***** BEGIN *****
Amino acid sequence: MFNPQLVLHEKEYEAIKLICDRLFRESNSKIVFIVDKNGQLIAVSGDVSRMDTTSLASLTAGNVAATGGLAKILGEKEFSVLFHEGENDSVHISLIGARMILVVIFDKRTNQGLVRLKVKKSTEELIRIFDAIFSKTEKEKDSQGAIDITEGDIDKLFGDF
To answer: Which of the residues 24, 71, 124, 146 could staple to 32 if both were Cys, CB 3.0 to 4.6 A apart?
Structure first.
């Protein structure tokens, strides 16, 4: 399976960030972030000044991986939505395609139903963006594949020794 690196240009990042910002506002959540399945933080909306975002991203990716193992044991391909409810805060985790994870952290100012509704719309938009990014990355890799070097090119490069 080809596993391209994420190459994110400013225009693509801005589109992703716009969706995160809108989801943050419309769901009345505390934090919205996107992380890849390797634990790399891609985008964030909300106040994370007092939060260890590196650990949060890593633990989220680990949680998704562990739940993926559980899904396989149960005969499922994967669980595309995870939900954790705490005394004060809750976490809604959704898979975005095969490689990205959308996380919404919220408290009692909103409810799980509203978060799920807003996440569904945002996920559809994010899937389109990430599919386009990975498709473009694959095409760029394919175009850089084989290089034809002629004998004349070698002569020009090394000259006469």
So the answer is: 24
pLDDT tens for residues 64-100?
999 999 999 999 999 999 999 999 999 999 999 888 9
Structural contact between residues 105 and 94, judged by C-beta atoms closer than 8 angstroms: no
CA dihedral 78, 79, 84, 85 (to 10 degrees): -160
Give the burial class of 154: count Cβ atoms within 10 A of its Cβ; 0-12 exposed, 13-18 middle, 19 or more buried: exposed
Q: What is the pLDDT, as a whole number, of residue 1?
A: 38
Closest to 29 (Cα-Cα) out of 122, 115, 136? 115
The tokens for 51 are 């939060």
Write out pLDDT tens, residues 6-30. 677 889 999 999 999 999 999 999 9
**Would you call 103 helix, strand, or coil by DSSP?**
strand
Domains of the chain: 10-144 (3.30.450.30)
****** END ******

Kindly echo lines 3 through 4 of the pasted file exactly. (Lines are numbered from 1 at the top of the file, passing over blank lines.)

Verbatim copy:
Structure first.
């Protein structure tokens, strides 16, 4: 399976960030972030000044991986939505395609139903963006594949020794 690196240009990042910002506002959540399945933080909306975002991203990716193992044991391909409810805060985790994870952290100012509704719309938009990014990355890799070097090119490069 080809596993391209994420190459994110400013225009693509801005589109992703716009969706995160809108989801943050419309769901009345505390934090919205996107992380890849390797634990790399891609985008964030909300106040994370007092939060260890590196650990949060890593633990989220680990949680998704562990739940993926559980899904396989149960005969499922994967669980595309995870939900954790705490005394004060809750976490809604959704898979975005095969490689990205959308996380919404919220408290009692909103409810799980509203978060799920807003996440569904945002996920559809994010899937389109990430599919386009990975498709473009694959095409760029394919175009850089084989290089034809002629004998004349070698002569020009090394000259006469």